What goes up, must come down (or market cycles fluctuation)
We’ve all heard the old cliche, “What goes up, must come down.” Well, this proverb also certainly applies to the real estate market. As long as we are citing cliches, here’s another that we should all take to heed, “Measure thrice, check twice, and cut once.” What I mean by this is that investors need to do their due diligence analysis when evaluating the market, the geographic location, and the property in which to invest. Otherwise the investor stands to increase the risk of a significant negative implication on the overall asset lifetime (how long to hold on to the asset), and how it will react to the market fluctuations. In other words, investors need to pay close attention to the signs of market fluctuation in order to determine the phase of each particular market. One of the more common mistakes that I see some novice investors make is to generically apply the phase of a market in a particular geographic area to the state of the market in a completely different location.
Your goal as an investor is to buy the best-valued asset at the correct location at the precise time. Ideally you want to avoid buying assets in depreciating markets, and instead spend more time researching assets in appreciating areas.
Here’re are case studies of four Market Cycles; two representing appreciating markets, and two epitomizing declining markets. But first, let’s identify terminology:
The two appreciating market cycles are known as Recovery and Expansion, and conversely, Hypersupply and Recession are the two declining market cycles. The primary features of the market cycles include:
- vacancy rates,
- new construction,
- employment growth, and
- rental rate growth.
Let’s take a closer look at all four market cycles and how the assets’ primary features change with the market cycle.
Recovery Market Cycle
Although somewhat counter-intuitive, the beginning of a Recovery market cycle is identified by most people as the “bottoming of the market.” At this moment the market stops free-falling, and either slowly levels off or even shows some signs of growth. During a Recovery, vacancy rates begin to stabilize and actually somewhat decrease.
Any guesses why the vacancy rates drop? Well, one of the main reasons is due to very low or virtually no new construction after the market recovers from a downturn. During most Recoveries there is very little new supply coming on the market, and therefore current property occupancy rates stabilize. Likewise, there is usually low employment growth, but the positive aspect is that the decrease in jobs has ended. During a recovery you will see very low rental rate growth and rent prices may even dip a little. Again, the positive characteristic about this phase of the market is that it signals the end of a declining market.
Your takeaway should be that this is a great time to buy properties for cash flow, and when the market really improves, you will see major jumps in rental rates, occupancy, and value.
Expansion Market Cycle
The following market cycle is Expansion. Expansion is a very stimulating market phase since at this point the economy begins to pick up again. During Expansion the vacancy rates start decreasing, even while a bit of new construction pops up at first and a great deal more toward the end of the cycle. Absorption rates pick up as more people go back to work or upgrade jobs. Similarly, job growth as well as personal income pick up pace, which in turn leads to moderate to high growth rates in rents. Property values continue to increase until the end of the Expansion Market Cycle, where they hit their peak.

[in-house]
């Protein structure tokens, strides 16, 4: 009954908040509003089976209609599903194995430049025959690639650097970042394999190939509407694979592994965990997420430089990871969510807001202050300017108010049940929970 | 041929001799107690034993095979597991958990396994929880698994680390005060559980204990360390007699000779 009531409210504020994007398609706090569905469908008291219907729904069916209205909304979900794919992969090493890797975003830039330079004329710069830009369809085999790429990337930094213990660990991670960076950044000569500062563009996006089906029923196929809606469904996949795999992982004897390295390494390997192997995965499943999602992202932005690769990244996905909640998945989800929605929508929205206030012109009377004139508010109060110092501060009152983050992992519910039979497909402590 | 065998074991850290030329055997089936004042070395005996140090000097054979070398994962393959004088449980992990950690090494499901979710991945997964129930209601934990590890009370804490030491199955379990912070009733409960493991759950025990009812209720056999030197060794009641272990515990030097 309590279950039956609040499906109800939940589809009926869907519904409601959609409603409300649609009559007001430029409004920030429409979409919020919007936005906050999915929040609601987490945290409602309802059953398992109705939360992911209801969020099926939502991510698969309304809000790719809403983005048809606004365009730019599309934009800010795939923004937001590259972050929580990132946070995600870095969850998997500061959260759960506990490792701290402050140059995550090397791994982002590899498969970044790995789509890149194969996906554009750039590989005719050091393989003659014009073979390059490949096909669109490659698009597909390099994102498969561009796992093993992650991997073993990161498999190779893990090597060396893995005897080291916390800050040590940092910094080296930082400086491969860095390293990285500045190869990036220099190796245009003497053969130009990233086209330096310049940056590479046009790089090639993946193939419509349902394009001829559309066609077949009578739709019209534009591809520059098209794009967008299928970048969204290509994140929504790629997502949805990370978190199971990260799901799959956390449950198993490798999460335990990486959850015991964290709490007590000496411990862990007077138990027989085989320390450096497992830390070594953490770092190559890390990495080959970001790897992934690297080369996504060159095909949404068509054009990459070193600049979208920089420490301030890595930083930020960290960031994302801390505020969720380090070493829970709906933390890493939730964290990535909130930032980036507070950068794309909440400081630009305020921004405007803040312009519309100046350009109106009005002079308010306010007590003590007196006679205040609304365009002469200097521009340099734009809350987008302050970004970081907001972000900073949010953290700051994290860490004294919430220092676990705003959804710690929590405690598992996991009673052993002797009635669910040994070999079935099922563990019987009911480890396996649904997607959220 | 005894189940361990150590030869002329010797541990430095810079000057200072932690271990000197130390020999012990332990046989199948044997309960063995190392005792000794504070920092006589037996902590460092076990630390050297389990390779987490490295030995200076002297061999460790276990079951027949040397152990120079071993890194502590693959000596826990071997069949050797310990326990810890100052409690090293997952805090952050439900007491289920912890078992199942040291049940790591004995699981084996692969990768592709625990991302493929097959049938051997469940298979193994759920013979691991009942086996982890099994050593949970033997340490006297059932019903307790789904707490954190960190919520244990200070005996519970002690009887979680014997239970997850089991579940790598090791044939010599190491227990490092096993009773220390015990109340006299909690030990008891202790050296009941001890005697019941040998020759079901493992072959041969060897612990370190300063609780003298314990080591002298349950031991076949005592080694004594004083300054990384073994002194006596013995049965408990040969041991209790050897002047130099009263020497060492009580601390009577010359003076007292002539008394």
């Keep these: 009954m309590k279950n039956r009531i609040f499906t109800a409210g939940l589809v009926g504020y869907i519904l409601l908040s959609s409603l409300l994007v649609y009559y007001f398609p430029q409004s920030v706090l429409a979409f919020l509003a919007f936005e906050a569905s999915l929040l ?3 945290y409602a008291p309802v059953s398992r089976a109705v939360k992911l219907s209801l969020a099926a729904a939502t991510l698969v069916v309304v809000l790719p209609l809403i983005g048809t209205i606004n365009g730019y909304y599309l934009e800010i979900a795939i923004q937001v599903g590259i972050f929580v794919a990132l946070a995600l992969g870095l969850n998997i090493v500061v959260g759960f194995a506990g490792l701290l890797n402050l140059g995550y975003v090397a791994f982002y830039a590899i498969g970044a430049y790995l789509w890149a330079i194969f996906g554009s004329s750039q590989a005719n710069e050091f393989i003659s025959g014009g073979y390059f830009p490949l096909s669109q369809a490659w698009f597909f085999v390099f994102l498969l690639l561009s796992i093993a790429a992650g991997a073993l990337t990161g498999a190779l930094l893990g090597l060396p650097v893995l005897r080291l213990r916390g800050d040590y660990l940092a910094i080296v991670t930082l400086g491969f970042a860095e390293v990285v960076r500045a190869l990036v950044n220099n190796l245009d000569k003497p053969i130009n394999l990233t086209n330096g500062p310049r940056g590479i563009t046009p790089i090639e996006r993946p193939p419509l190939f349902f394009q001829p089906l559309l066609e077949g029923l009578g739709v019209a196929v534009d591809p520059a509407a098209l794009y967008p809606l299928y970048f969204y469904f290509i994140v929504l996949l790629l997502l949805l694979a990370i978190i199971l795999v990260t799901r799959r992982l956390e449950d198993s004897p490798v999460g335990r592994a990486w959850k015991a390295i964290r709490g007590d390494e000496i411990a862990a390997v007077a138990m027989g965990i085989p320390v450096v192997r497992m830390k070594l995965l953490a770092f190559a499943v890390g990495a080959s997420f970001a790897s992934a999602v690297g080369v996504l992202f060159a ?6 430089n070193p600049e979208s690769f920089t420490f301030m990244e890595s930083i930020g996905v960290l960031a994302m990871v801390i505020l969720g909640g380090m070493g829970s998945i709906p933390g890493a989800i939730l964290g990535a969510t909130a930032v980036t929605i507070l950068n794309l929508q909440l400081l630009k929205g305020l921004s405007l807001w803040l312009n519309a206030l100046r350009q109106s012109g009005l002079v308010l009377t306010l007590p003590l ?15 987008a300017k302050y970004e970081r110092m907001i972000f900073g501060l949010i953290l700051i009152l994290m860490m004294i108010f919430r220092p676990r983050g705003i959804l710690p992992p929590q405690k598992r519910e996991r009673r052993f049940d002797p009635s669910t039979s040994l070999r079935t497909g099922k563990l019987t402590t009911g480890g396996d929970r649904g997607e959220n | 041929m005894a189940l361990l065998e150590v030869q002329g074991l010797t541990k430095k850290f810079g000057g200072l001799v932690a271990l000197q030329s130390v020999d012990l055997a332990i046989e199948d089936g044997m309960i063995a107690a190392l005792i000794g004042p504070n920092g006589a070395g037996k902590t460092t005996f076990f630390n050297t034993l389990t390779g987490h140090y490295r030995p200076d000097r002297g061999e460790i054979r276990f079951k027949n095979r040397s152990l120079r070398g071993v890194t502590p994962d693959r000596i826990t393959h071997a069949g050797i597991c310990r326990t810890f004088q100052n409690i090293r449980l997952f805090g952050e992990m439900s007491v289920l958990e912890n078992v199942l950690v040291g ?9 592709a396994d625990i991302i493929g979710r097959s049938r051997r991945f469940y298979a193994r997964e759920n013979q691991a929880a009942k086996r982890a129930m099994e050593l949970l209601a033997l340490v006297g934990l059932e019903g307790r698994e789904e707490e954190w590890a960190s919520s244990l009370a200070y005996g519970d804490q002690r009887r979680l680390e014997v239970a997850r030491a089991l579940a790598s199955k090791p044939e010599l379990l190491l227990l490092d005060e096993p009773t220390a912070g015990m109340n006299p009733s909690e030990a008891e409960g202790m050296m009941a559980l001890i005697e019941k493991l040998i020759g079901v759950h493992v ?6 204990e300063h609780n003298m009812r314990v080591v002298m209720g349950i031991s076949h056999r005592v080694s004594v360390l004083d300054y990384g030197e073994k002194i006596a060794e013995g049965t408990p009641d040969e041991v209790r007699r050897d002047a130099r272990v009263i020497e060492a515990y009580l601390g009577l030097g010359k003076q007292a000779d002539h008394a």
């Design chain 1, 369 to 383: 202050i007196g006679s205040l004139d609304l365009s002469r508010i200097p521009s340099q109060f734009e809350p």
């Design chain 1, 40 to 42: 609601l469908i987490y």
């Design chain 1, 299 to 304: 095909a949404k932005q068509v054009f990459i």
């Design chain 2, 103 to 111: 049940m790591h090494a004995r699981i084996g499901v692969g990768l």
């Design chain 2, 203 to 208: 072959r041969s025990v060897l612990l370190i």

Your goal is to invest at the beginning or middle of this cycle, and put your asset on the market to try timing to sell it towards the peak; before the market starts declining again. Property values hit their peak at the end of this cycle and then will start to go down again. Investors who sold during the peak years made a killing, while those who bought at the peak and overpaid, will need years for their properties to be profitable again.
Hypersupply Market Cycle
Hypersupply is the market cycle that immediately follows Expansion. It happens when the market is oversupplied during the Expansion Market Cycle, while job growth slows down. As you probably already predicted, this is due to basic economics where supply, in this case new construction, now outweighs demand. Some of the results are expected; vacancy rates are on the rise again, some new construction may happen, but it is barely absorbed. Employment also starts to slow down as companies have followed through with their own major expansions. Rental rates may have stopped growing or if they are still growing, definitely at a lower rate.
It’s best to avoid buying during Hypersupply unless you buy for major cash flow that can withstand decreasing prices, and weathering the financial storm that follows next. In fact, your goal is to attempt to cut your possible losses, and sell marginal properties before the market starts to decline more rapidly.
Recession Market Cycle
Recession is the fourth stage of the real estate market cycle. As you would expect, some of the key characteristics of a Recession are vacancy rates increase as jobs and income decline, new construction brakes to a halt and fewer existing apartments or houses are absorbed. You’ll also see low-to-negative growth in employment as salaries level off and some companies even have layoffs. The bitter outcome is that the economy slows down and you’ll start to see many more rental specials offered including lower rental rates, as there are fewer people willing to pay as much for units.
During a Recession it is essential to focus on buying quality properties that provide strong cash flow. While your value will probably not increase anytime soon, you can still find properties that will provide a strong cash flow down the road.